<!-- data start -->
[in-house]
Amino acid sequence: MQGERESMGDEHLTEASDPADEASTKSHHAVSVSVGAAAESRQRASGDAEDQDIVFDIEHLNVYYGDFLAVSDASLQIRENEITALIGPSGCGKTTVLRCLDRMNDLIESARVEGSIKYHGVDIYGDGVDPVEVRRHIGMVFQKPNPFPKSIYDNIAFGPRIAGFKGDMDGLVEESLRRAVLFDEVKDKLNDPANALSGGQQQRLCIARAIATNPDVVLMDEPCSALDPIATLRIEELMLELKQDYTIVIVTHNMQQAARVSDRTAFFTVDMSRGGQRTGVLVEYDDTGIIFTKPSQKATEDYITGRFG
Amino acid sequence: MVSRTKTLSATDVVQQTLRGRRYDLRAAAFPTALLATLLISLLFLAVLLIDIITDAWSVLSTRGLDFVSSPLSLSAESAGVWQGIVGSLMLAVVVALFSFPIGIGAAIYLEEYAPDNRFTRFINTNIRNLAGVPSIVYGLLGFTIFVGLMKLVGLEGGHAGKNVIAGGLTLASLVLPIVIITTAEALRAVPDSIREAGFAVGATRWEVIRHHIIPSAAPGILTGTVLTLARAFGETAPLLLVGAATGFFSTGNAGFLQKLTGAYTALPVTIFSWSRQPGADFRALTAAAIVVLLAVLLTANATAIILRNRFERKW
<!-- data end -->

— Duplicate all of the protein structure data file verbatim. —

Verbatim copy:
[in-house]
Amino acid sequence: MQGERESMGDEHLTEASDPADEASTKSHHAVSVSVGAAAESRQRASGDAEDQDIVFDIEHLNVYYGDFLAVSDASLQIRENEITALIGPSGCGKTTVLRCLDRMNDLIESARVEGSIKYHGVDIYGDGVDPVEVRRHIGMVFQKPNPFPKSIYDNIAFGPRIAGFKGDMDGLVEESLRRAVLFDEVKDKLNDPANALSGGQQQRLCIARAIATNPDVVLMDEPCSALDPIATLRIEELMLELKQDYTIVIVTHNMQQAARVSDRTAFFTVDMSRGGQRTGVLVEYDDTGIIFTKPSQKATEDYITGRFG
Amino acid sequence: MVSRTKTLSATDVVQQTLRGRRYDLRAAAFPTALLATLLISLLFLAVLLIDIITDAWSVLSTRGLDFVSSPLSLSAESAGVWQGIVGSLMLAVVVALFSFPIGIGAAIYLEEYAPDNRFTRFINTNIRNLAGVPSIVYGLLGFTIFVGLMKLVGLEGGHAGKNVIAGGLTLASLVLPIVIITTAEALRAVPDSIREAGFAVGATRWEVIRHHIIPSAAPGILTGTVLTLARAFGETAPLLLVGAATGFFSTGNAGFLQKLTGAYTALPVTIFSWSRQPGADFRALTAAAIVVLLAVLLTANATAIILRNRFERKW